If one thinks about the challenge of trench warfare, it resided in the inability to cross "no man's land." Both sides had an equal propensity to stop the other one because each time the area was crossed, machine gun fire was waiting. The invention of the tank solved this problem. Being made of armor and material where bullets from machine guns simply "plinked" off its side allowed for troops to cross "no man's land" and overrun the trenches. At the same time, it also allowed for soldiers to follow it behind, helping to overrun the enemy, subsuming no man's land. Finally, the tank's shells could be aimed at trench areas, causing them to be servely undermined.
Tanks were often referred to by the troops as "land ships" because some of the models used on the Allied side were so large and cumbersome. Since they were the early models of that weapon, they didn't work very well, had mechanical problems, were slow and a lot of times the men inside would get sick from the engine fumes. Conservative commanders also didn't know how to use them very well and often just employed them a few here and there to support infantry attacks, instead of in numbers that might have made a difference.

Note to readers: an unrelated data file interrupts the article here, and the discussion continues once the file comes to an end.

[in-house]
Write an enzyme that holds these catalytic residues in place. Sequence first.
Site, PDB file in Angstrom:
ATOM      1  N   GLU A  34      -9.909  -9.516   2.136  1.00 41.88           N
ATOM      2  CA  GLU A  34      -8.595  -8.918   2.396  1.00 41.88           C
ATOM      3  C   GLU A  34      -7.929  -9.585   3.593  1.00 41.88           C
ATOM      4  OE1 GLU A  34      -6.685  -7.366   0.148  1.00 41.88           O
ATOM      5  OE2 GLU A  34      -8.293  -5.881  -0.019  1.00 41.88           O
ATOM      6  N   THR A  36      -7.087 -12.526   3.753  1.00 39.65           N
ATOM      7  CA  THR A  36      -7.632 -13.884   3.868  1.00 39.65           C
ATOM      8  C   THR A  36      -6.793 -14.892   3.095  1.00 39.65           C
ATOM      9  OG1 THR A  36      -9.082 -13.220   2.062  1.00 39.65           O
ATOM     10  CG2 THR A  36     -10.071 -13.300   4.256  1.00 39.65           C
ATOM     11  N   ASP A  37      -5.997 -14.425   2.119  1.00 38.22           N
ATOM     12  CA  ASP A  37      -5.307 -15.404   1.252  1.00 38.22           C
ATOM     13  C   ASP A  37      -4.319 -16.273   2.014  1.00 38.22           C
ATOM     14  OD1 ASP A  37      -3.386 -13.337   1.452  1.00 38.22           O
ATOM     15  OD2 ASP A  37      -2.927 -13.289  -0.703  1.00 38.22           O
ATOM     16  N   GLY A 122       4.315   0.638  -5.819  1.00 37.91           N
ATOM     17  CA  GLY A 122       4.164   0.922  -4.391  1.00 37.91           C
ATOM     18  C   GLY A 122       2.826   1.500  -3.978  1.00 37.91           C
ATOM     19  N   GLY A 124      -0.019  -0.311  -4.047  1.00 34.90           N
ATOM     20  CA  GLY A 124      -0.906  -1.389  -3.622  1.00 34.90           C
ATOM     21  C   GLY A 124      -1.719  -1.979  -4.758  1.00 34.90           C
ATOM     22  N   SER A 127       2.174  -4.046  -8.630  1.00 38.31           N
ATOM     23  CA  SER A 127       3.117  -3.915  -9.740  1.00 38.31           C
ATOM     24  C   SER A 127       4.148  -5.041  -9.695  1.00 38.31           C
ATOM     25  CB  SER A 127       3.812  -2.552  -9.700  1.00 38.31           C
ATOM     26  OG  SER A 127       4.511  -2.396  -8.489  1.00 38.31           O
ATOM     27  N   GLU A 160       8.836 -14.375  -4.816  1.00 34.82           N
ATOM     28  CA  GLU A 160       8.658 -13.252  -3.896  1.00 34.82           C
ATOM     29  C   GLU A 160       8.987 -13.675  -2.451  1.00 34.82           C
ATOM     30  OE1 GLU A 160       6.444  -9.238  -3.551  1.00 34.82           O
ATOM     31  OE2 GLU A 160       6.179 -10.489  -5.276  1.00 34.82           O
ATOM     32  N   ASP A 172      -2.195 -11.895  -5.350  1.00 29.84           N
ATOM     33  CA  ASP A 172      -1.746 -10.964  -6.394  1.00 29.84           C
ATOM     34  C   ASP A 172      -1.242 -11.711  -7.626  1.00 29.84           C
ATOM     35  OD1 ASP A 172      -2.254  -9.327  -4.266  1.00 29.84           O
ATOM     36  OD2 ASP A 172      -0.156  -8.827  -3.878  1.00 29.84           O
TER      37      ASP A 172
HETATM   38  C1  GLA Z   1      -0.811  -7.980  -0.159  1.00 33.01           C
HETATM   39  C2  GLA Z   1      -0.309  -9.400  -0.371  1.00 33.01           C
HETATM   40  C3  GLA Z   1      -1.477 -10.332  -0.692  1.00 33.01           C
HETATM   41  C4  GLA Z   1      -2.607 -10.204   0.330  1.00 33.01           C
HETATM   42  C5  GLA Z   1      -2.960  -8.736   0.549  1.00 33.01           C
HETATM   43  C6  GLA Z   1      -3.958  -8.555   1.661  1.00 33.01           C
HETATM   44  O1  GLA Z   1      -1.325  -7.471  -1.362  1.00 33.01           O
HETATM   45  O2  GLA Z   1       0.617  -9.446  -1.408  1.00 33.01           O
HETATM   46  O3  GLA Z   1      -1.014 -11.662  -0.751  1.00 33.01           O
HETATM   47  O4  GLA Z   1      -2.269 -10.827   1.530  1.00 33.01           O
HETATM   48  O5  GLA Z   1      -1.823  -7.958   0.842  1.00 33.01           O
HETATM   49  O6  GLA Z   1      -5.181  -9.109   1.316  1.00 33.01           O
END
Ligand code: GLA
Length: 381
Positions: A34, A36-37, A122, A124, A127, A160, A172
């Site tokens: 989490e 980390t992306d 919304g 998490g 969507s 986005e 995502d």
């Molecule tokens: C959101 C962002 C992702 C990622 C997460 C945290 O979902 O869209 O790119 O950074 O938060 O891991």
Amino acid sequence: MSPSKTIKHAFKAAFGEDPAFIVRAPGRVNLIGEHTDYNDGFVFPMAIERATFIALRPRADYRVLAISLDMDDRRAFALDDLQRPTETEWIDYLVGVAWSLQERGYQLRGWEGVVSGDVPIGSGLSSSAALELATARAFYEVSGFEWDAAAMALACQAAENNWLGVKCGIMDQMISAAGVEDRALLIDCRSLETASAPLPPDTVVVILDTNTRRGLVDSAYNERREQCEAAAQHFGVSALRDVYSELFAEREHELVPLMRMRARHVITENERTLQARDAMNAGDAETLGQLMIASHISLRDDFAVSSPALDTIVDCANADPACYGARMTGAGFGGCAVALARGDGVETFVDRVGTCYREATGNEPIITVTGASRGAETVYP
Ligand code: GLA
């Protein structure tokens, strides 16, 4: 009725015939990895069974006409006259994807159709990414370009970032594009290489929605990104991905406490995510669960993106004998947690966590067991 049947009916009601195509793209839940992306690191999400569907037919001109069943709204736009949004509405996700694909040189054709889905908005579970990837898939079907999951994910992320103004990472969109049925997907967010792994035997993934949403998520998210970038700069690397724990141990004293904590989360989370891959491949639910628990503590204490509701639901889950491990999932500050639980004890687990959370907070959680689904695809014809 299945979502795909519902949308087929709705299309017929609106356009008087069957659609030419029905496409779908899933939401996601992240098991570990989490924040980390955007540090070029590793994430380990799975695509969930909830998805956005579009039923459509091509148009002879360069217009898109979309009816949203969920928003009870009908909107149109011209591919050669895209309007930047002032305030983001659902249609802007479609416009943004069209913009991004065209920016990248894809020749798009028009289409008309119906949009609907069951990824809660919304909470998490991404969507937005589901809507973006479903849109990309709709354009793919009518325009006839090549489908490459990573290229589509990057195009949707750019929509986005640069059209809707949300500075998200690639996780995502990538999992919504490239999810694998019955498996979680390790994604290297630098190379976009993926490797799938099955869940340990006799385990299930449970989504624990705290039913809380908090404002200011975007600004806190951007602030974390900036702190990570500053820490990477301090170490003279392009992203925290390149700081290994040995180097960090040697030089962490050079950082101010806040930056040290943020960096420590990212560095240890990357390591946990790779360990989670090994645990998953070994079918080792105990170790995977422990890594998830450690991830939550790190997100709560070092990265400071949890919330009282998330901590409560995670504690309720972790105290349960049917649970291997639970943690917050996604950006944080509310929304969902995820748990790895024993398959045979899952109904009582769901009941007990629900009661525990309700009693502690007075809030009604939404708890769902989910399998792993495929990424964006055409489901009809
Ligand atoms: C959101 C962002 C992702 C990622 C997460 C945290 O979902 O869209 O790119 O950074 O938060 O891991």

As a Corporal in World War I, Adolf Hitler witnessed the futility of massed infantry attacks in the face of modern weapons. Hundreds of men from his units were slaughtered and he was wounded. The invention of the tank at this time, and the limited success with which it was used, made an impression on him, and he would remember this later when he was in power, and chose to emphasize the tank in his new army.
The weapon that was invented for this purpose was the tank. It was designed to be able to run over the barbed wire in front of the trenches and even over the trenches themselves.
The tanks did not really work as well as they should have because they were not really used correctly from a tactical point of view. They were not massed but rather used piecemeal.
Toward the end of the war there were a couple of instances of tanks actually being used properly and creating breaks in the German line.